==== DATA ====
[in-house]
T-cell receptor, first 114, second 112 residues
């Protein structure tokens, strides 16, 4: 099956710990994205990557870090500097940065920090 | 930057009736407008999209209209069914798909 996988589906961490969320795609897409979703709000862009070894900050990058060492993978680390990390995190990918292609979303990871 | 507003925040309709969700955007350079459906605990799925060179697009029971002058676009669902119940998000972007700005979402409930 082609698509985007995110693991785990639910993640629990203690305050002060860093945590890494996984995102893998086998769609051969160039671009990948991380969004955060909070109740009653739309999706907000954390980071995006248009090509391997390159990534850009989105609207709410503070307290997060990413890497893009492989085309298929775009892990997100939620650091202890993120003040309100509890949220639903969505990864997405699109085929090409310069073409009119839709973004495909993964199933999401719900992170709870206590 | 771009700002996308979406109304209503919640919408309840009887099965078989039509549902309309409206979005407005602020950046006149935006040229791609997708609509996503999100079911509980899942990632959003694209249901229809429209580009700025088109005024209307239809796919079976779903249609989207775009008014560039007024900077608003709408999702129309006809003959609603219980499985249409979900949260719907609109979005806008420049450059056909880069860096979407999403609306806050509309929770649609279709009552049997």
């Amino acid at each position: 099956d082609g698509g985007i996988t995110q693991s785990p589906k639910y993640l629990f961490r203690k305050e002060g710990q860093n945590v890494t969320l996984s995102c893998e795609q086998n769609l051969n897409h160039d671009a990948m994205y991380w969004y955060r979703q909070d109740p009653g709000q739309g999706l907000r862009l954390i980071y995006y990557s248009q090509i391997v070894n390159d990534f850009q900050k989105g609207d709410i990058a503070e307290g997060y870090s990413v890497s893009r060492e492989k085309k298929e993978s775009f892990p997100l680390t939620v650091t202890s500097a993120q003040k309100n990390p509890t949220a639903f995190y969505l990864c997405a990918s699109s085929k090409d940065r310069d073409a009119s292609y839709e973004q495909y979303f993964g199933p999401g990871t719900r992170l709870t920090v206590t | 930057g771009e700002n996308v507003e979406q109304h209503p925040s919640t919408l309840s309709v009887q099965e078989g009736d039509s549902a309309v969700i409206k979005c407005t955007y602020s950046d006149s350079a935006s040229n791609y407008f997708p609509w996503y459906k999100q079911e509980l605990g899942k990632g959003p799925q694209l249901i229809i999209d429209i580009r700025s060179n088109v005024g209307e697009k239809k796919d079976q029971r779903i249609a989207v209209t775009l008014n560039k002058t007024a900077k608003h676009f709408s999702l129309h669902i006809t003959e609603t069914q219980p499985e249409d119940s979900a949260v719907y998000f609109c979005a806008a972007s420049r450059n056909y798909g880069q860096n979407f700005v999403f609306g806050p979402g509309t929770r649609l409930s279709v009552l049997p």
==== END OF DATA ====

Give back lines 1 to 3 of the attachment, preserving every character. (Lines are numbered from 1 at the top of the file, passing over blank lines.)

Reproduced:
[in-house]
T-cell receptor, first 114, second 112 residues
């Protein structure tokens, strides 16, 4: 099956710990994205990557870090500097940065920090 | 930057009736407008999209209209069914798909 996988589906961490969320795609897409979703709000862009070894900050990058060492993978680390990390995190990918292609979303990871 | 507003925040309709969700955007350079459906605990799925060179697009029971002058676009669902119940998000972007700005979402409930 082609698509985007995110693991785990639910993640629990203690305050002060860093945590890494996984995102893998086998769609051969160039671009990948991380969004955060909070109740009653739309999706907000954390980071995006248009090509391997390159990534850009989105609207709410503070307290997060990413890497893009492989085309298929775009892990997100939620650091202890993120003040309100509890949220639903969505990864997405699109085929090409310069073409009119839709973004495909993964199933999401719900992170709870206590 | 771009700002996308979406109304209503919640919408309840009887099965078989039509549902309309409206979005407005602020950046006149935006040229791609997708609509996503999100079911509980899942990632959003694209249901229809429209580009700025088109005024209307239809796919079976779903249609989207775009008014560039007024900077608003709408999702129309006809003959609603219980499985249409979900949260719907609109979005806008420049450059056909880069860096979407999403609306806050509309929770649609279709009552049997």